Gwent: Hearthstone’s First Rival?

Collectable and trading Card games have always been popular. Obtaining new cards that you need for your strategies and to defeat your opponent, or just have a full set or get that one with the artwork you like, you can spend many hours and a lot of money on this hobby. Magic: The Gathering, Yu-Gi-Oh!, the Pokémon TCG and more have been staples in collectable and nerd circles in the last twenty years with things now changing and going online.

The witcher 3

It didn’t take long for these games to embrace the internet. Traditional card games such as poker, blackjack, etc. have long been playable on the web, with places such as New Jersey Online Casino showcasing the hundreds that are available. Online collectable card games didn’t catch on as much for a while but that changed in 2014 with the release of Hearthstone: Heroes of Warcraft. Blizzard adapting their mega World of Warcraft franchise into a free to play card game has been a rousing success. Taking a fast paced card game that you can play against the A.I. or real players captured the world’s interest and has remained a popular game with a huge eSports scene. Reports show the game has had 700,000 million players as of May 2017, achieving all this in just three years.

Hearthstone’s popularity would obviously attract competition and other developers getting in you it’s success. One of the major devs to do this would be Bethesda with The Elder Scrolls: Legends. Like Blizzard, they adapted their popular fantasy-based RPG series and made it into a free to play online card game. The game launched in March 2017 for PC, with iOS and Mac version following with an Android release expected sometime this year.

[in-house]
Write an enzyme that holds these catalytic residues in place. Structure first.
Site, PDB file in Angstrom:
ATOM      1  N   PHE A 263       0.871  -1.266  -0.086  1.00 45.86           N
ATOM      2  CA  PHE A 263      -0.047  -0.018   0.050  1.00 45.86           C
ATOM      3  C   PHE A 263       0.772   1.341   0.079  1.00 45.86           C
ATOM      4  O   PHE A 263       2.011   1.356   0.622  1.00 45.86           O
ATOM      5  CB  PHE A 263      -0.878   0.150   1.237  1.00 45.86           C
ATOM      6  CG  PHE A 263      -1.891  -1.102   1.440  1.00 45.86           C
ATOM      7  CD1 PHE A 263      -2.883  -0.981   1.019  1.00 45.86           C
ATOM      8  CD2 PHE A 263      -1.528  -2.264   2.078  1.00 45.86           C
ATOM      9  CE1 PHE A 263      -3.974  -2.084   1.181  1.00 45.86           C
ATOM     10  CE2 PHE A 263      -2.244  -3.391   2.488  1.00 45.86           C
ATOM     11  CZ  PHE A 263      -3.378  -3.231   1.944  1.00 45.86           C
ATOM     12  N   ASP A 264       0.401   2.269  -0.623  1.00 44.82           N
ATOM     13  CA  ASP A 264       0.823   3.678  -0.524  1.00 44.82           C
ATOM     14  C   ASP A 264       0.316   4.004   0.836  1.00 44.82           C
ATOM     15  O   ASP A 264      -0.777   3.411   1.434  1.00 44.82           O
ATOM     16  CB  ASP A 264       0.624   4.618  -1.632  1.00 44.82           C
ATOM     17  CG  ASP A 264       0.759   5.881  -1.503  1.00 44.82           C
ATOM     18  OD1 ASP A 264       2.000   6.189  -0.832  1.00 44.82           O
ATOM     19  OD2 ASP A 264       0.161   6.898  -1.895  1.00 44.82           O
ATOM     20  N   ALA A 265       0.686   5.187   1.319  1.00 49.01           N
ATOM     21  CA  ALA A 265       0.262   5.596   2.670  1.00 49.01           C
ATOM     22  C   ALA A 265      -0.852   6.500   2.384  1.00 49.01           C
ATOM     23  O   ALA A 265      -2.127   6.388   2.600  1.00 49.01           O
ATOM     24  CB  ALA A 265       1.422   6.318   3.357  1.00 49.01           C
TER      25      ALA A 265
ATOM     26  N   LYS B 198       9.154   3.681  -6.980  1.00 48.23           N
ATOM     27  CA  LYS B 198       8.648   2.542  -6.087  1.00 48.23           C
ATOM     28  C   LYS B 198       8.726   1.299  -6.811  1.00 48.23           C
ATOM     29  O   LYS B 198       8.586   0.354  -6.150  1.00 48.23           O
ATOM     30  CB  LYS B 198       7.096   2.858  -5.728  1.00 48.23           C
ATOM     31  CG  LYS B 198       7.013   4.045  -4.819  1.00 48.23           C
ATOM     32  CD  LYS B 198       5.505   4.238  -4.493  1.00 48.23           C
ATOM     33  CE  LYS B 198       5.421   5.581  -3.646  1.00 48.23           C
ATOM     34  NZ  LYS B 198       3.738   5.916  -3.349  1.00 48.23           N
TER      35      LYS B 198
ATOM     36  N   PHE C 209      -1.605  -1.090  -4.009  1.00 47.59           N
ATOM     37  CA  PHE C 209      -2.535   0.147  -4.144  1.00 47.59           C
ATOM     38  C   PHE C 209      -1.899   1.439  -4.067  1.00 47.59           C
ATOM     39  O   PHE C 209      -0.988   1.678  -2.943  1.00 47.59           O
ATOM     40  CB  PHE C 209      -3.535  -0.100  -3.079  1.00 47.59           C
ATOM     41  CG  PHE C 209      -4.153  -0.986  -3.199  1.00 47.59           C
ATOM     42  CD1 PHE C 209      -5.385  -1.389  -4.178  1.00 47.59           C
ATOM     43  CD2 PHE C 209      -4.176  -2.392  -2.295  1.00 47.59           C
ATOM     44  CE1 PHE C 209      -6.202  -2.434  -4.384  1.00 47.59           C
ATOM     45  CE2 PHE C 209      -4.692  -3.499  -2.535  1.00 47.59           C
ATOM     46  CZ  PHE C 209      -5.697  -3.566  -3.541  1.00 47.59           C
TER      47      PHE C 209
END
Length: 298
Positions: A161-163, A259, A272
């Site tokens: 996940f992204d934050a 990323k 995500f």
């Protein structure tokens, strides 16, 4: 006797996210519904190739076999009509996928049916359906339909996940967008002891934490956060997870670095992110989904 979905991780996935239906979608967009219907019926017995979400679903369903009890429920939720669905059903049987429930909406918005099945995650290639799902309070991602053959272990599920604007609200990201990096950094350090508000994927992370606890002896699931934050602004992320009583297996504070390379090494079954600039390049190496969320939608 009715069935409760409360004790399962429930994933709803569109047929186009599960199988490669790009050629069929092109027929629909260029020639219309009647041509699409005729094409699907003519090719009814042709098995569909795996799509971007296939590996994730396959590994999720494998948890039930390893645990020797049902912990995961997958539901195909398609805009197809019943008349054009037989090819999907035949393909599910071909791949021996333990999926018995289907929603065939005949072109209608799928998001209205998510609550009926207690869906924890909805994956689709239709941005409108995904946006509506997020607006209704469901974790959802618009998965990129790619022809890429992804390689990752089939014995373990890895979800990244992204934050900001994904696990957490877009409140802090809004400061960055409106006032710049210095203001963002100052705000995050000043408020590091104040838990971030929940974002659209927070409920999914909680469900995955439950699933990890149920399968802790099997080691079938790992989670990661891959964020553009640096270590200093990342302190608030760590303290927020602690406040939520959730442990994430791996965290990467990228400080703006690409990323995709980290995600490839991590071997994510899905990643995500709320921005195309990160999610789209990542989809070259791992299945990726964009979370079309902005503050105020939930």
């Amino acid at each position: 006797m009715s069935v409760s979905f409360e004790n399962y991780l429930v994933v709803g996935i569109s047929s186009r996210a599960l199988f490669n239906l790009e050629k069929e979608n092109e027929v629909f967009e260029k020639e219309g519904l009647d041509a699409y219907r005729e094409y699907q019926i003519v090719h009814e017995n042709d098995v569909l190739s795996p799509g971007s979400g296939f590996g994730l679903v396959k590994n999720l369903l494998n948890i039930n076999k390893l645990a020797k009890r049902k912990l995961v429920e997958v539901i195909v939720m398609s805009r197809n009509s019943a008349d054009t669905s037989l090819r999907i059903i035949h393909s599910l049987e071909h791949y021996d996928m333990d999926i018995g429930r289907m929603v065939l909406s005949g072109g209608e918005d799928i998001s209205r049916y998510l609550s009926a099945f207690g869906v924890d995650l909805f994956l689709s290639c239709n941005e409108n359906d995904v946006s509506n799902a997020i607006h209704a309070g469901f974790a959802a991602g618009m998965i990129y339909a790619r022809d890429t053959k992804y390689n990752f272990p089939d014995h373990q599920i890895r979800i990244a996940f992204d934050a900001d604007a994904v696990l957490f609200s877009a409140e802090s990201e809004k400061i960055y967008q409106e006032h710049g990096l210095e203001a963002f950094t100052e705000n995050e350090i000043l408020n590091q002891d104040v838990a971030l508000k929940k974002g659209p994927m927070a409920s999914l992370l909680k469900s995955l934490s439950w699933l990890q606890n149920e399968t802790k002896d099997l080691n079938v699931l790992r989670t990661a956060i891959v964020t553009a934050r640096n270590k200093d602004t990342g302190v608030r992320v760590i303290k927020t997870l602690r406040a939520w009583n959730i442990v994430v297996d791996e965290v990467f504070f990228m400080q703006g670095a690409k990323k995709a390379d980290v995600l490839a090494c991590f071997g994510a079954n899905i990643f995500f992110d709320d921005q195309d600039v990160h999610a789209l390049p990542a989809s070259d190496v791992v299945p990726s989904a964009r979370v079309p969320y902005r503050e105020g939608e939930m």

Bethesda wouldn’t be the last to try and emulate Hearthstone’s prosperity and that’s what bring us to Gwent: The Witcher Card Game. It’s an understatement to just say that The Witcher III: Wild Hunt was a winner, as it achieved multiple game of the year awards and over six million copies were sold in just the first six weeks. One thing that contributed to the popularity of the game was Gwent, an in-game card game that could be played against other citizens of the world. With Gwent being popular in itself, CD Projekt have adapted into a full game.

The public beta for Gwent has just been launched, allowing players an early look. The turn based, two-player game has each participant with a deck of twenty-five to forty cards, playing best two out of three rounds. Users will utilise factions and spells to conquer their opponent, with rewards of ores, scraps and cards. Ores are used to buy kegs that contain new cards, while scarps and used to create specific cards. Micro-transactions for more ore are obviously available.


What makes Gwent different from many card games is your hand. Rather than drawing an opening hand and then adding and drawing more cards, you draw ten random cards at the start and they are your resources for the rest of the game. Though there are some ways of adding new cards, you have to manage the whole game with only your starting ten, which means you have to think about long-term strategies, rather than just doing the most powerful plays as quickly as possible. This can cut down on the RNG you get in card games, as a player is less likely to luck into the card they need. Also, with a limited pool of cards at your disposal, powerful, possibly game breaking combos become much more difficult to pull off. To balance all of this, no cards have costs so you can always play any card you draw.

Gwent has a solid fanbase before the game even launches and with a freshness from other card games, it could be the next big thing.

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